One factor in particular I notice is the serious lack of understanding of economics. For example explaining that the technology allows launch costs of tens of dollars per pound, but the fixed overhead and upfront investment costs add tens of thousands of dollars a pound over such small number of launches; and you’ll get a blank look and anger insistence that if you can build such a craft do it,and you’d take over the market with tens of dollars a pound to orbit.

Excellent show — may the Dr be protected by the horde of enraged NewSpacers with pitch forks and torches surly coming for him. 😉

2. idiom - November 7, 2013

This was an excellent interview. The chapter after Dr. Dark’s was also very interesting and possibly more controversial.

As a rule, if it makes sense to do, we wouldn’t need the government to do it. The government is there for things that don’t make sense.

3. Joe from Houston - November 6, 2013

Being a space advocate for doomed ideas is the prevalent situation that we consistently fall into. As one idea fails another fills its place. This cycle is repeated as long as people advocate new ideas to replace old ideas. Only 1 or 2% of these ideas ever become a viable business case. The ultimate cost is paid by those left standing such as taxpayers or stock holders when the music shuts off. If you threw one hundred darts at a dartboard while blindfolded, you would likely get only one bull’s eye if you were extremely lucky.
1. Asteroid strikes are rare as rare gets. Most people are incapable of comprehending how rare it really is. They are very capable, however, in becoming fearful when their government officials consistently resort to and rely on fear mongering to get their way for the sake of progress and growth. That is where and how the real world operates. People or voters, in general, keep those, who promise to protect them, in office without the slightest inclination towards funding asteroid deflection campaigns. No matter what level of scientific credentials one accumulates, one cannot realistically assume they can secure asteroid deflection funding from a government full of pork sustaining advocates.
2. Collisions that produce orbital debris are overblown in pure hype. The classic example of building fear among the masses is a simple artist’s rendering that depicts the Earth surrounded by threatening satellites as seen from 100,000 miles out in space. The drawing shows bright yellow dots (pixels on a picture) representing man-made objects orbiting Earth at various orbits. It looks like a beehive surrounded by angry bees. The fine print on the artist’s rendering that no one really pays attention to is “Objects appear larger than they actually are”. This is the famous quote in the movie, “Jurassic Park” that made the producer very rich. If you drew the objects to their actual size compared to Earth, you could only see them through a pair of binoculars looking into a microscope.
3. Sending a privileged few people to other planets is a future possibility; however, the other two things you get from space are more likely to generate commerce and economic growth on a grander scale sooner than later. They are:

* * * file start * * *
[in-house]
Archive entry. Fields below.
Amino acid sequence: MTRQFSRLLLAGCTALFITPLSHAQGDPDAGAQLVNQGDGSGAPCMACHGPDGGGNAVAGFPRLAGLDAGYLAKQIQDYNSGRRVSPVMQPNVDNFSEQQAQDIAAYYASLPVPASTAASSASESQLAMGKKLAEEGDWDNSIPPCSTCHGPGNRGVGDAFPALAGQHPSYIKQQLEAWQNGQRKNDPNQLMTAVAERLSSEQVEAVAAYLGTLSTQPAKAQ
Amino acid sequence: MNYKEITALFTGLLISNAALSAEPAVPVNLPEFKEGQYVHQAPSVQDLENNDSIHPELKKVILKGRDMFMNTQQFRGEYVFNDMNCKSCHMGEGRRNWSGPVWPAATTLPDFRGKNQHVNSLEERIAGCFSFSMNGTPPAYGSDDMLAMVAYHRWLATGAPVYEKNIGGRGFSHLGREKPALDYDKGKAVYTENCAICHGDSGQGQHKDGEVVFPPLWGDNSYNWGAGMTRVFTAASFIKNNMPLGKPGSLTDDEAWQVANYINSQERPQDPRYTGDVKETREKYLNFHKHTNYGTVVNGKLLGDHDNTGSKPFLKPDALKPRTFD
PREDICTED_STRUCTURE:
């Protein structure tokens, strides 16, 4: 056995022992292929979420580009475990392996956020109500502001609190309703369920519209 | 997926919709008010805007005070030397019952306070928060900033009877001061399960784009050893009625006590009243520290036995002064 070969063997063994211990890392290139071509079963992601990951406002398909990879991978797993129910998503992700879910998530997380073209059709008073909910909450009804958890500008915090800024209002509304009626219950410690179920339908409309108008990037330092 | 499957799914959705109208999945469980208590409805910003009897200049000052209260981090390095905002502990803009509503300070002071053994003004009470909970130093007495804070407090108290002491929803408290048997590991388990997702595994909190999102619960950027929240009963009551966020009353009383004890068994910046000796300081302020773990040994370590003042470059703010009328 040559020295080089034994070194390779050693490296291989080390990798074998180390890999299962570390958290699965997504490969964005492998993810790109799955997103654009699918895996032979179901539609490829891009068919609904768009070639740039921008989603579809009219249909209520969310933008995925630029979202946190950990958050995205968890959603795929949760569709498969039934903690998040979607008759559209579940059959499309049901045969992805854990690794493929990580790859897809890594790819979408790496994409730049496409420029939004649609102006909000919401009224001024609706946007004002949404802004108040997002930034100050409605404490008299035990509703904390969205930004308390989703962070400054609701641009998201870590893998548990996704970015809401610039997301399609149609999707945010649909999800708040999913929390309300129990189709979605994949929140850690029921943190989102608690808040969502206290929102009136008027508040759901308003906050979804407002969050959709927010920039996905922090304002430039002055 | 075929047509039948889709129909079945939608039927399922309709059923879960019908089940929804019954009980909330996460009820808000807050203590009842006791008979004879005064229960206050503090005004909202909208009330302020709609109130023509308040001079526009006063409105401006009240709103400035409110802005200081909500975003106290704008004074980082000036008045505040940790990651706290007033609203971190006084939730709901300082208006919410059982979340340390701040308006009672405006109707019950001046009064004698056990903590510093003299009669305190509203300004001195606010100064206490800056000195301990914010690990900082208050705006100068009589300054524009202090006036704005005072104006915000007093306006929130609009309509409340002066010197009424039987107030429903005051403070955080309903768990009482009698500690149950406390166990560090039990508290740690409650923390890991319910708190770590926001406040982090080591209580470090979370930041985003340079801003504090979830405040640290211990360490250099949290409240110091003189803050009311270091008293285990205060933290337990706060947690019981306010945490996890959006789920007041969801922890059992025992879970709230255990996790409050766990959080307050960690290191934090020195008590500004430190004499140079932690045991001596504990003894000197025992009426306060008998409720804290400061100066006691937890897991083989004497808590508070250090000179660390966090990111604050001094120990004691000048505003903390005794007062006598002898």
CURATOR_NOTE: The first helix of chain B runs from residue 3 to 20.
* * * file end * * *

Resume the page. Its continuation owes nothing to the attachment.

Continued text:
a. Pretty pictures from space, and,
A rock from space can be bought on the Internet with no questions asked for $15/g or $425/oz or $6,802/lb. People have to spend time and money searching, collecting, and marketing rocks from space to make it worth their time and effort. To date, no rocks from space collected while in space have ever been sold to the public. They are instead placed in displays at space museums all over the world.
Returning a 10,000 lbs. rock from space could result in a $70M payoff at $15/g at a minimum. It is likely to result in magnitudes more if marketed like Kickstarter. You buy a rock from space before you get it in the mail. This amount of money, by the way, is the cost of India’s Mars Probe http://www.space.com/23464-india-launches-mars-orbiter-mission.html
The problem to solve to establish a business case for this type of profit producing space venture is finding 10,000 lbs. rocks in space close enough to robotically retrieve. Solution: Launch lots of low-cost asteroid spotting telescopes in low Earth orbit that piggy back on commercial satellites such as the Iridium Next satellites. http://www.iridium.com/about/iridiumnext.aspx
The fact is you can see smaller objects in space when you are in space as opposed to sitting on top of a mountain. That logic works because there are more telescopes on top of mountains than there are at sea level. There currently are no small asteroid spotting telescopes in low Earth orbit. If there were, we would be inundated with small asteroid spottings. Simply put, if you have 20 telescopes in low Earth orbit, all looking at the same place in inertial space, you could realistically compare the images to instantly discover the small objects in the field of view and produce an asteroid ephemeris file that describes its orbit and proximity to Earth. Once a database of these small asteroids exists that can be obtained no other Earth-bound way, you plan a mission to coincide with the in-space retrieval of the one that costs the least amount of orbital energy.
Join me and become a space advocate for commercial space companies willing to front the money to return rocks from space and sell them to the open market. In all likelihood, just like the ingenious business case that created space tourism for commercial profit, it is likely to quickly transform into a long term government funded program to keep rocks from space from falling directly into the public’s hands. This becomes a viable business case when these small asteroids actually get spotted by on-orbit spotting telescopes.